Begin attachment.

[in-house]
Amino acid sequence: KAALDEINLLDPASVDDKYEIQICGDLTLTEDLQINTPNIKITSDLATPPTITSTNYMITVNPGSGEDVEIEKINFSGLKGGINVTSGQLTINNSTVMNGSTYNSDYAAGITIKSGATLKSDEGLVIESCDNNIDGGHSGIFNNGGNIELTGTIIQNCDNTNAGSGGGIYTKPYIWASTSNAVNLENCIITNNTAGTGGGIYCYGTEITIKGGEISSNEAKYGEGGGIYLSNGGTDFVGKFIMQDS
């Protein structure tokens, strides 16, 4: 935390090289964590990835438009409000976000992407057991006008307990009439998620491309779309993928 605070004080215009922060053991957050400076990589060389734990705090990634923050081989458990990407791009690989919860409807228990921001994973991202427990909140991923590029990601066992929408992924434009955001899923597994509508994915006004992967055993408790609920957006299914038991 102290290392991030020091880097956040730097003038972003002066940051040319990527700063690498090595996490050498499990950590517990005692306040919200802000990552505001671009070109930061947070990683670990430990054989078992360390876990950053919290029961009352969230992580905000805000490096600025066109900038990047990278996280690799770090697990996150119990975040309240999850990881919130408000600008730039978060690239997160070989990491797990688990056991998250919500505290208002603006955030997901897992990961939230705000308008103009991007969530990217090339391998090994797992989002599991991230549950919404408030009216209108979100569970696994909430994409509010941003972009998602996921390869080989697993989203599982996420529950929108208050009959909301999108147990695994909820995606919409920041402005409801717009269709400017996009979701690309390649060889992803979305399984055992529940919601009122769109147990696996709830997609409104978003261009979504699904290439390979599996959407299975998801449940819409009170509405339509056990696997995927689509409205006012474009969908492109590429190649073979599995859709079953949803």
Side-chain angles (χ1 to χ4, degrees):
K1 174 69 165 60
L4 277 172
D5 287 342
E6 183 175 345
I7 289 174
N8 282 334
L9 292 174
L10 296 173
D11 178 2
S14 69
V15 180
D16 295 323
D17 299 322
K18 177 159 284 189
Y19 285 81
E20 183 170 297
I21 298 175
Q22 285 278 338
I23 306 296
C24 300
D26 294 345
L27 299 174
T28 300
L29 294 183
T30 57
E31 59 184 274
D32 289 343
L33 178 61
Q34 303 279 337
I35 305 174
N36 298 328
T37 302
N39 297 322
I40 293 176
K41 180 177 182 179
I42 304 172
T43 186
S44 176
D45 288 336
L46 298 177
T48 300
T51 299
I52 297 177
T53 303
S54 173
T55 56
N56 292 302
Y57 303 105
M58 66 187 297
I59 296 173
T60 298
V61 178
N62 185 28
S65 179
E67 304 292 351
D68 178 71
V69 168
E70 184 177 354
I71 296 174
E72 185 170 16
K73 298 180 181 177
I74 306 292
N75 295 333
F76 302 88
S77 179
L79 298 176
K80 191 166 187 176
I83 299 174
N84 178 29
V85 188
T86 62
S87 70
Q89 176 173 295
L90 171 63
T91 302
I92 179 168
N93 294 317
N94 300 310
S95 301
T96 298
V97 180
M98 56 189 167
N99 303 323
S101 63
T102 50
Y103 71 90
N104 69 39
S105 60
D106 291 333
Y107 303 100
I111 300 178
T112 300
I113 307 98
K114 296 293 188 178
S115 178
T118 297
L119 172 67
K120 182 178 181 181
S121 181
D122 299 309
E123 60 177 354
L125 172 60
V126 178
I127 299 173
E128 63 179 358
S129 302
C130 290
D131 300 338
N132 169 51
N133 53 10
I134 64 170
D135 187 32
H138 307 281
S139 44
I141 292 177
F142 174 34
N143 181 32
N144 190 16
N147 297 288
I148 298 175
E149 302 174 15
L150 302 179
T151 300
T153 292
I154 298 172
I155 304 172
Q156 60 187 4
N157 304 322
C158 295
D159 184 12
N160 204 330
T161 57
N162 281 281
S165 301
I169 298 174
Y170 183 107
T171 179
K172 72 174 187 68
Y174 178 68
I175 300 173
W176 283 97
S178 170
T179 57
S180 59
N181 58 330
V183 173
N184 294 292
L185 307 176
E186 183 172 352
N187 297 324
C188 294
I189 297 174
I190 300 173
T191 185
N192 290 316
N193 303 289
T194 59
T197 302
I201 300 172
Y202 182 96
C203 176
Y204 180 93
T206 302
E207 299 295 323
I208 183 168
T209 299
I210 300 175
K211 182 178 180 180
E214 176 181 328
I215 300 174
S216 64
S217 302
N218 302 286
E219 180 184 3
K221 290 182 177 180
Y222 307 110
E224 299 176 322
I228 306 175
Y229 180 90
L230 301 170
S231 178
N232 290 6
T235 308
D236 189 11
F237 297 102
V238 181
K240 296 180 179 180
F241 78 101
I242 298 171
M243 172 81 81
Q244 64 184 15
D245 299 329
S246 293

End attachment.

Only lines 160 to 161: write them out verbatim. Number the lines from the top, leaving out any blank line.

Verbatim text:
N193 303 289
T194 59